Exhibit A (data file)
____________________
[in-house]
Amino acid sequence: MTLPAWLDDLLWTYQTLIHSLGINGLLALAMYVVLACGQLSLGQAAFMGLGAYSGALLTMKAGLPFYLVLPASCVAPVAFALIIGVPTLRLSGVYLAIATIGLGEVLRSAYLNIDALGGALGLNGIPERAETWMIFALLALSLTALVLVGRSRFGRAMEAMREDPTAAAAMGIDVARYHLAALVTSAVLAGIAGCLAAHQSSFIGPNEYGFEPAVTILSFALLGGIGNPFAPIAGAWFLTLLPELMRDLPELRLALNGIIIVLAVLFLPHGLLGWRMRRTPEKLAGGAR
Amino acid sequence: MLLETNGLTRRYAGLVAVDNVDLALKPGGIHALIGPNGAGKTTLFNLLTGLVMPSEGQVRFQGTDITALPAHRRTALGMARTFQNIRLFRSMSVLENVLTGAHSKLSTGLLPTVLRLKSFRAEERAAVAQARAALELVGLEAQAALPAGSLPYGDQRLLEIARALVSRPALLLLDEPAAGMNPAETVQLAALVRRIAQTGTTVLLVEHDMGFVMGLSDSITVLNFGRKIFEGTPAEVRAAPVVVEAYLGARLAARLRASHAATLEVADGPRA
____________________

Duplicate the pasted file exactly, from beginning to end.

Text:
[in-house]
Amino acid sequence: MTLPAWLDDLLWTYQTLIHSLGINGLLALAMYVVLACGQLSLGQAAFMGLGAYSGALLTMKAGLPFYLVLPASCVAPVAFALIIGVPTLRLSGVYLAIATIGLGEVLRSAYLNIDALGGALGLNGIPERAETWMIFALLALSLTALVLVGRSRFGRAMEAMREDPTAAAAMGIDVARYHLAALVTSAVLAGIAGCLAAHQSSFIGPNEYGFEPAVTILSFALLGGIGNPFAPIAGAWFLTLLPELMRDLPELRLALNGIIIVLAVLFLPHGLLGWRMRRTPEKLAGGAR
Amino acid sequence: MLLETNGLTRRYAGLVAVDNVDLALKPGGIHALIGPNGAGKTTLFNLLTGLVMPSEGQVRFQGTDITALPAHRRTALGMARTFQNIRLFRSMSVLENVLTGAHSKLSTGLLPTVLRLKSFRAEERAAVAQARAALELVGLEAQAALPAGSLPYGDQRLLEIARALVSRPALLLLDEPAAGMNPAETVQLAALVRRIAQTGTTVLLVEHDMGFVMGLSDSITVLNFGRKIFEGTPAEVRAAPVVVEAYLGARLAARLRASHAATLEVADGPRA